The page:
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Vesta Richardson, M silagra pills .D., Joselito Hernandez-Pichardo, M.D., Manjari Quintanar-Solares, M.D., Marcelino Esparza-Aguilar, M.D., Brian Johnson, B.S., Cesar Misael Gomez-Altamirano, M.D., Umesh Parashar, M.D., M.P.H., and Manish Patel, M.D.: Aftereffect of Rotavirus Vaccination on Death from Childhood Diarrhea in Mexico Despite the improved basic safety of food, water, and sanitation and the aggressive promotion of non-invasive interventions and prevention strategies , diarrhea continues to be the second leading infectious cause of childhood death world-wide, accounting for 1 approximately.8 million annual deaths in children under 5 years of age.1 Rotavirus is the single most important cause of serious childhood diarrhea globally and annually causes over fifty % a million deaths among children under 5 years of age.2,3 In a large clinical trial conducted in Latin America, the monovalent human rotavirus vaccine Rotarix showed a protective efficacy of 85 percent against severe rotavirus disease and of 42 percent against severe diarrhea from any cause.4-7 Based on these encouraging data, several countries in the Americas began including a rotavirus vaccine in their routine childhood immunization program in 2006.8,9 In Mexico, significant reductions in diarrhea-related deaths and complications occurred from 1990 to 2002 as a result of improved sanitation and secure water, the promotion of breast-feeding and oral rehydration, and supplementation with a megadose of vitamin A.10-12 These measures have reduced the amount of diarrhea-related deaths occurring in the springtime and summer months that were attributable to bacterial pathogens, but deaths during the fall and winter season, once the prevalence of rotavirus is increased, have persisted.10 Due to the persistent burden of diarrhea-related deaths and hospitalizations from rotavirus, in 2006, Mexico became one of the initial countries worldwide to introduce the monovalent rotavirus vaccine in its national immunization program.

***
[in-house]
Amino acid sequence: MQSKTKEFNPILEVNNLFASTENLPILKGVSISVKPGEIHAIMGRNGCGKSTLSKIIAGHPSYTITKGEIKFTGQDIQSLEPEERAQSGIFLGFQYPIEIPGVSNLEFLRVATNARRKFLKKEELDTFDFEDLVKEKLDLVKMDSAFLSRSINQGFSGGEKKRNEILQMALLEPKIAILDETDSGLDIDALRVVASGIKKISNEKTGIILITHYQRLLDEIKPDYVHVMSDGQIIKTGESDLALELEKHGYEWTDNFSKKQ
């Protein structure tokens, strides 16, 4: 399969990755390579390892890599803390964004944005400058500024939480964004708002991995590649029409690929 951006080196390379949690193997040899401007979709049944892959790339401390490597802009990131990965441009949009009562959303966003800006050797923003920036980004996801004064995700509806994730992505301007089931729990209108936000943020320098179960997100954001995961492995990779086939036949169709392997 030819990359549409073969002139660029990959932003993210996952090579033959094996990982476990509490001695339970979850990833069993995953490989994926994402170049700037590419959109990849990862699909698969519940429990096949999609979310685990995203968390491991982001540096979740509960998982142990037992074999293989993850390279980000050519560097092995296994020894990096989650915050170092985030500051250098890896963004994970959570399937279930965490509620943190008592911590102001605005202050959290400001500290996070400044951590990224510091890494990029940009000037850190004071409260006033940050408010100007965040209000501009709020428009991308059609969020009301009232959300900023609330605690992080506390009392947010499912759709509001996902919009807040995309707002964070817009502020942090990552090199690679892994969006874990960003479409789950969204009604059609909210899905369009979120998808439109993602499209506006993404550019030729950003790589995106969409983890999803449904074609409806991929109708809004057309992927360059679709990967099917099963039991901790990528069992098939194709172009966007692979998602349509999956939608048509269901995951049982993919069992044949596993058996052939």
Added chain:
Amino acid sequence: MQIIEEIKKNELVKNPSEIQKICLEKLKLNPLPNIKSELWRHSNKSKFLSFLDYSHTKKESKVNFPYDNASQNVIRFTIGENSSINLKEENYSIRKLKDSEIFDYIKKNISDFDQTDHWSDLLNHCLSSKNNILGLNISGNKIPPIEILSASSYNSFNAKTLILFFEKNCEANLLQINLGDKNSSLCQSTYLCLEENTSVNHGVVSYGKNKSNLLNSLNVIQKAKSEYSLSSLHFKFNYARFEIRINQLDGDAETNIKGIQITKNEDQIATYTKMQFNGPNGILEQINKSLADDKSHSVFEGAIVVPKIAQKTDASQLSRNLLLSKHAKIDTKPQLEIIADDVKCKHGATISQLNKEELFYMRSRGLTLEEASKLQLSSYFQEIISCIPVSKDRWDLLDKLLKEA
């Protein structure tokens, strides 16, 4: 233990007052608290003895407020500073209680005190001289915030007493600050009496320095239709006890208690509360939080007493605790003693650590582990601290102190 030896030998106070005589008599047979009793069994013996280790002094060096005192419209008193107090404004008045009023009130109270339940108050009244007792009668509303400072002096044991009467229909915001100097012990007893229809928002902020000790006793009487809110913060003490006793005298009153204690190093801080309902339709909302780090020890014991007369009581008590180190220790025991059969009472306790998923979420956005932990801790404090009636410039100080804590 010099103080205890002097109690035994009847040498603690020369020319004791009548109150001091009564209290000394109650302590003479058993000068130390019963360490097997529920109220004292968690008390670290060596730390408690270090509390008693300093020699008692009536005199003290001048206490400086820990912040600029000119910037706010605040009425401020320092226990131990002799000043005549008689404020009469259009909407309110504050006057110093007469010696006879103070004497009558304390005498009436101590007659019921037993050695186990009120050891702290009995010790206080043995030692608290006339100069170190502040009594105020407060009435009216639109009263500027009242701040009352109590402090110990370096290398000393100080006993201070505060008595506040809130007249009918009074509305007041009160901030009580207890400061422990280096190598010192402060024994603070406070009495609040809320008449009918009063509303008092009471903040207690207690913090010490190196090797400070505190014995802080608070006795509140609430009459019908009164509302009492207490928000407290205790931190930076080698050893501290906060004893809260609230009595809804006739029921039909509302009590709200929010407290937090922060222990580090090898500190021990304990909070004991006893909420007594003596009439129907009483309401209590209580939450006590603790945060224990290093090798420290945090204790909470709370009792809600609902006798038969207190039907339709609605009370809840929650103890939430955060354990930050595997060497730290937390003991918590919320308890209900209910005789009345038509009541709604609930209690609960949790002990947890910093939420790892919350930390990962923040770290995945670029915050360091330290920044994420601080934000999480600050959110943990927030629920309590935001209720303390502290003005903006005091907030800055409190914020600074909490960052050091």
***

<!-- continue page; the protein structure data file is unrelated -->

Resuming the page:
Bravata, M.D., Pamela W. Duncan, Ph.D., Barbara H. Corn, Ph.D., Alysia D. Maffucci, J.D., Stephen E. Nadeau, M.D., Susan S. Conroy, D.Sc., P.T., Janet M. Powell, Ph.D., Grant D. Huang, Ph.D., and Peter Peduzzi, Ph.D.: Robot-Assisted Therapy for Long-Term Upper-Limb Impairment after Stroke.. Albert C. Lo, M.D., Ph.D., Peter D. Guarino, M.P.H., Ph.D., Lorie G. Richards, Ph.D., Jodie K. Haselkorn, M.D., M.P.H., George F. Wittenberg, M.D., Ph.D., Daniel G. Federman, M.D., Robert J. Ringer, Pharm.D., Todd H. Wagner, Ph.D., Hermano I. Krebs, Ph.D., Bruce T. Volpe, M.D., Christopher T.

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